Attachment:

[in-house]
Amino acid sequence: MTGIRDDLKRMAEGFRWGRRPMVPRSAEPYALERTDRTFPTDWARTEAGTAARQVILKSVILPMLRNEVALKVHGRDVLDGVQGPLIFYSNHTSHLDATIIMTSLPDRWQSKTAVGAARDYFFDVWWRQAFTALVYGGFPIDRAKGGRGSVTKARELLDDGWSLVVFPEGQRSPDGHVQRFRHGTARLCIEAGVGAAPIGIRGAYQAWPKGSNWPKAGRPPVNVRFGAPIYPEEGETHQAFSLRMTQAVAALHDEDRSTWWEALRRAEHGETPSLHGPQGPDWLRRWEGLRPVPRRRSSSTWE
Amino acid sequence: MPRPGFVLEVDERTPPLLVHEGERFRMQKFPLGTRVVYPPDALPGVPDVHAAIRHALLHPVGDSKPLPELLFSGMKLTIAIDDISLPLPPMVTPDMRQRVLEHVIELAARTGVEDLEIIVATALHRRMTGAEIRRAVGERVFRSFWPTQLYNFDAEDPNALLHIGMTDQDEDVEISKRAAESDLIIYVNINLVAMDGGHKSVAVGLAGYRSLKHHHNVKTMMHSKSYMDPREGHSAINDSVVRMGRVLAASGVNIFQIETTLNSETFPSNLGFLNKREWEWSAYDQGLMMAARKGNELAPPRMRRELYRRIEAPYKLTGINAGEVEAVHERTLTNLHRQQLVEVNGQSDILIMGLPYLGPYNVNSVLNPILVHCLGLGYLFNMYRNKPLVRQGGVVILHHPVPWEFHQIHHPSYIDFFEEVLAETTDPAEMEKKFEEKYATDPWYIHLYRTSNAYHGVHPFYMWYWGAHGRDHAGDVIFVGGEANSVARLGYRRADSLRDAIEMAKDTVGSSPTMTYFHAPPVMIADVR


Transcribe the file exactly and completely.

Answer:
[in-house]
Amino acid sequence: MTGIRDDLKRMAEGFRWGRRPMVPRSAEPYALERTDRTFPTDWARTEAGTAARQVILKSVILPMLRNEVALKVHGRDVLDGVQGPLIFYSNHTSHLDATIIMTSLPDRWQSKTAVGAARDYFFDVWWRQAFTALVYGGFPIDRAKGGRGSVTKARELLDDGWSLVVFPEGQRSPDGHVQRFRHGTARLCIEAGVGAAPIGIRGAYQAWPKGSNWPKAGRPPVNVRFGAPIYPEEGETHQAFSLRMTQAVAALHDEDRSTWWEALRRAEHGETPSLHGPQGPDWLRRWEGLRPVPRRRSSSTWE
Amino acid sequence: MPRPGFVLEVDERTPPLLVHEGERFRMQKFPLGTRVVYPPDALPGVPDVHAAIRHALLHPVGDSKPLPELLFSGMKLTIAIDDISLPLPPMVTPDMRQRVLEHVIELAARTGVEDLEIIVATALHRRMTGAEIRRAVGERVFRSFWPTQLYNFDAEDPNALLHIGMTDQDEDVEISKRAAESDLIIYVNINLVAMDGGHKSVAVGLAGYRSLKHHHNVKTMMHSKSYMDPREGHSAINDSVVRMGRVLAASGVNIFQIETTLNSETFPSNLGFLNKREWEWSAYDQGLMMAARKGNELAPPRMRRELYRRIEAPYKLTGINAGEVEAVHERTLTNLHRQQLVEVNGQSDILIMGLPYLGPYNVNSVLNPILVHCLGLGYLFNMYRNKPLVRQGGVVILHHPVPWEFHQIHHPSYIDFFEEVLAETTDPAEMEKKFEEKYATDPWYIHLYRTSNAYHGVHPFYMWYWGAHGRDHAGDVIFVGGEANSVARLGYRRADSLRDAIEMAKDTVGSSPTMTYFHAPPVMIADVR